In der Übersicht
The main objective of this research was to examine how and why key players support or hinder the implementation of a technological innovation and what influence the interaction between explorative and exploitative key players has in the context of High Reliability Organizations (HROs).
To cover these objectives, qualitative in-depth research in the form of a case study was conducted at two companies belonging to the aviation industry in order to investigate interrelated causal links and interactions that would have been too complex to be analyzed with a quantitative approach. To obtain reliable results, method triangulation was applied in the form of interviews, focus groups, and some direct observation and gathering of artifacts. Data triangulation was also used based on evidence from innovation-related internal documents, transcribed statements and discussions, and third party articles.
The empirical results showed that there are certain key players and different forms of interactions that support or hinder the implementation of technological innovation. The supporting key players identified here are: knowledge sharing exploitative players, innovation supporting informal leaders, and the so-called side changers, that is, key players who were once located on the exploitative or explorative side and later changed sides when taking over new functions. Key players with a strongly inhibitory impact are: innovation opposing informal leaders, non-cooperative exploitative players, and fanatic explorative players. With regard to formal and informal interactions, it was verified that informal interactions have a tremendous influence, both at the top and bottom of the hierarchy, on the successful implementation of an innovation.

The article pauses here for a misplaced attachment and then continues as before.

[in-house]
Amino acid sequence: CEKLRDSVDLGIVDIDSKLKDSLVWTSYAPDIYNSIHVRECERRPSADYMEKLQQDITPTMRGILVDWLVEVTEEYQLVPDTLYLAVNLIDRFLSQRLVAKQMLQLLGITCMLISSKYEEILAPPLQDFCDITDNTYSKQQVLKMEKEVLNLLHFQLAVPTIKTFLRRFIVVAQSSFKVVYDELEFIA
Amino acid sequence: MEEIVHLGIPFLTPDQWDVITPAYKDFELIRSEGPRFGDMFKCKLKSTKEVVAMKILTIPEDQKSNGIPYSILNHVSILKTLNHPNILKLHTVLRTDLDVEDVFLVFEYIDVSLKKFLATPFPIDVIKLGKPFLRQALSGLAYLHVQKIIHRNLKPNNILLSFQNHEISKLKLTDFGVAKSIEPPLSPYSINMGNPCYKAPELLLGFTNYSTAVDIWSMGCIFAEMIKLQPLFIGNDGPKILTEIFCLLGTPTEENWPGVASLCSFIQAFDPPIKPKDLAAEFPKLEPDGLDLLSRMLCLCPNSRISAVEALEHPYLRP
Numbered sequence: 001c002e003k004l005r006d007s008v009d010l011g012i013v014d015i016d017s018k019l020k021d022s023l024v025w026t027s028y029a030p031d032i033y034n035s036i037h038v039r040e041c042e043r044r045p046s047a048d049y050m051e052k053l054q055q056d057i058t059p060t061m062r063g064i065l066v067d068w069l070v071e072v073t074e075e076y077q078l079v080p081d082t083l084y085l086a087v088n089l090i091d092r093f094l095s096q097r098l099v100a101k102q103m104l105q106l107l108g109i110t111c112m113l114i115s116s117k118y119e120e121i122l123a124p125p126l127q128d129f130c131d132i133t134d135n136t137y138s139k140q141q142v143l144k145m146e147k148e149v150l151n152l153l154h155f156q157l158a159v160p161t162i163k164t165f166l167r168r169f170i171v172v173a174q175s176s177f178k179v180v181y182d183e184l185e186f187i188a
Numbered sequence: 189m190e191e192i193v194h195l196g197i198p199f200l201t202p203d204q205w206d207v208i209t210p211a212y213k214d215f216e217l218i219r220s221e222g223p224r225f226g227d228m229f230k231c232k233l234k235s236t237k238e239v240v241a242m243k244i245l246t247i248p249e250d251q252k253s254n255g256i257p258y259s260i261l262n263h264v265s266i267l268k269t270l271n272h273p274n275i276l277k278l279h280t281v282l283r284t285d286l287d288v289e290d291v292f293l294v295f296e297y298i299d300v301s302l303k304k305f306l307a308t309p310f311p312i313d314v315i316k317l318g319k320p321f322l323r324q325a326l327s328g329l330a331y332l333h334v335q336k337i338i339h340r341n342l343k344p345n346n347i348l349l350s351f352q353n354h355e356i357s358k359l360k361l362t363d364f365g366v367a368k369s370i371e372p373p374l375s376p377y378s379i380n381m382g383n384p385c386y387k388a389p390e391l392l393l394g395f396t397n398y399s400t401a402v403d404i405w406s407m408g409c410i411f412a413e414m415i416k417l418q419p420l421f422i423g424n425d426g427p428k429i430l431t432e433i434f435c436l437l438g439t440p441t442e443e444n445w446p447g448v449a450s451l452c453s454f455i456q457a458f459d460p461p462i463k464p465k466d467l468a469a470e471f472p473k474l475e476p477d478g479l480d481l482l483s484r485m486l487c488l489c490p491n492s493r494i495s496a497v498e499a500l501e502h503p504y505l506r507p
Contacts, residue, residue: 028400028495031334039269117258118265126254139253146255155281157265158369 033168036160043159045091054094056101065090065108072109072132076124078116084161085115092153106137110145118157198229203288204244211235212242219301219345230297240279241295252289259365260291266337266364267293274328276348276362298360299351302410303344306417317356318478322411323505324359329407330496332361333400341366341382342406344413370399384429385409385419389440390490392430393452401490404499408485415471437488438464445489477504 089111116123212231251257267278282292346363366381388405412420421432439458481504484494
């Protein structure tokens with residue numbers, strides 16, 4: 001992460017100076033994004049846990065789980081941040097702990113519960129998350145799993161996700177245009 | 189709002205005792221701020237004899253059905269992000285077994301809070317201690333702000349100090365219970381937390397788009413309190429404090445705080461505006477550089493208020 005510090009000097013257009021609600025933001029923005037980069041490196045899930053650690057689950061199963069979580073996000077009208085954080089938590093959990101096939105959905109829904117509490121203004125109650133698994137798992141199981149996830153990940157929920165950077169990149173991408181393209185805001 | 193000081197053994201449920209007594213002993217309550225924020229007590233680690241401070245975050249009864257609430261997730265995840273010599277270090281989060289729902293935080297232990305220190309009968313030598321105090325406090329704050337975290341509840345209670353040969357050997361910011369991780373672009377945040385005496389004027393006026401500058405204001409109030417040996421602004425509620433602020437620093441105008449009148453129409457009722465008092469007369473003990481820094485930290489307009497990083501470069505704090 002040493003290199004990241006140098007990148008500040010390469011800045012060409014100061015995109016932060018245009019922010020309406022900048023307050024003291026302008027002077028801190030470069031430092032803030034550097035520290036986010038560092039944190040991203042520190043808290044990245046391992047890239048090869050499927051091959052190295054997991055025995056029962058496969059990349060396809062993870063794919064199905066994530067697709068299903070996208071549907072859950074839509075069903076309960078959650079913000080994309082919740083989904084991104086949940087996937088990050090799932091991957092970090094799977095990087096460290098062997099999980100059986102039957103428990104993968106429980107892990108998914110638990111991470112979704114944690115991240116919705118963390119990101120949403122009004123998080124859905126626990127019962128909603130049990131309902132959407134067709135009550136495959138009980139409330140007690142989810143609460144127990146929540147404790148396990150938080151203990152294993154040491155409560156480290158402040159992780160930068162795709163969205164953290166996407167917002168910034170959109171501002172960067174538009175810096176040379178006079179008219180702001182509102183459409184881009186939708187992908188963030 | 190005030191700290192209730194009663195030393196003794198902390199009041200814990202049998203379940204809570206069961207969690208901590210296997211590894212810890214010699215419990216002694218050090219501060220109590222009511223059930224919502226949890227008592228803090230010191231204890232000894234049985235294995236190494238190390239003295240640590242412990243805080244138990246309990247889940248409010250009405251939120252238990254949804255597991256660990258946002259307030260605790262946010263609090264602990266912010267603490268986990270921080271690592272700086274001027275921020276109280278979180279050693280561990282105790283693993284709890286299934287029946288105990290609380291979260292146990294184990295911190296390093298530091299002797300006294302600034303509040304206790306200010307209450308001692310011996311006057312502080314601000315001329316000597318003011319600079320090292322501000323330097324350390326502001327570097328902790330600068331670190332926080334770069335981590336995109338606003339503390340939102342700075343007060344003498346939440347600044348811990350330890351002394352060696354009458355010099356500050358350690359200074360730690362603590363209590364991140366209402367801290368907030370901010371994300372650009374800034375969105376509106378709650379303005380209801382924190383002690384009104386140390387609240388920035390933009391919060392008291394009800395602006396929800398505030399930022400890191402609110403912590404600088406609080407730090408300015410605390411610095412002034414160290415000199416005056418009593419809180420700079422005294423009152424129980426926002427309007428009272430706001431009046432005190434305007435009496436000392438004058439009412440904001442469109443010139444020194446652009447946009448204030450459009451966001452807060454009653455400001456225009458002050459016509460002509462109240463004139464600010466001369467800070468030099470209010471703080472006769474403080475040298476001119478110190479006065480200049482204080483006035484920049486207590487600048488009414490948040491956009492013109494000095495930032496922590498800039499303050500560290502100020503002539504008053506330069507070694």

The main conclusions and implications drawn from the research are that the election of the program leader for the implementation of an innovation as well as the election and involvement of other key players are crucial. Formal and, especially, informal channels should also be managed as closely as possible in such undertaking. Interaction processes between exploitative and explorative players should be iteratively intensified and managed closely, and trust should be considered a source of traction when implementing an innovation. Therefore, the successful implementation of an innovation depends on several parameters within the broader organizational context, but most notably on strong leadership, deliberate listening to and engagement with the exploitative players, the management of informal channels, and transparency in communication.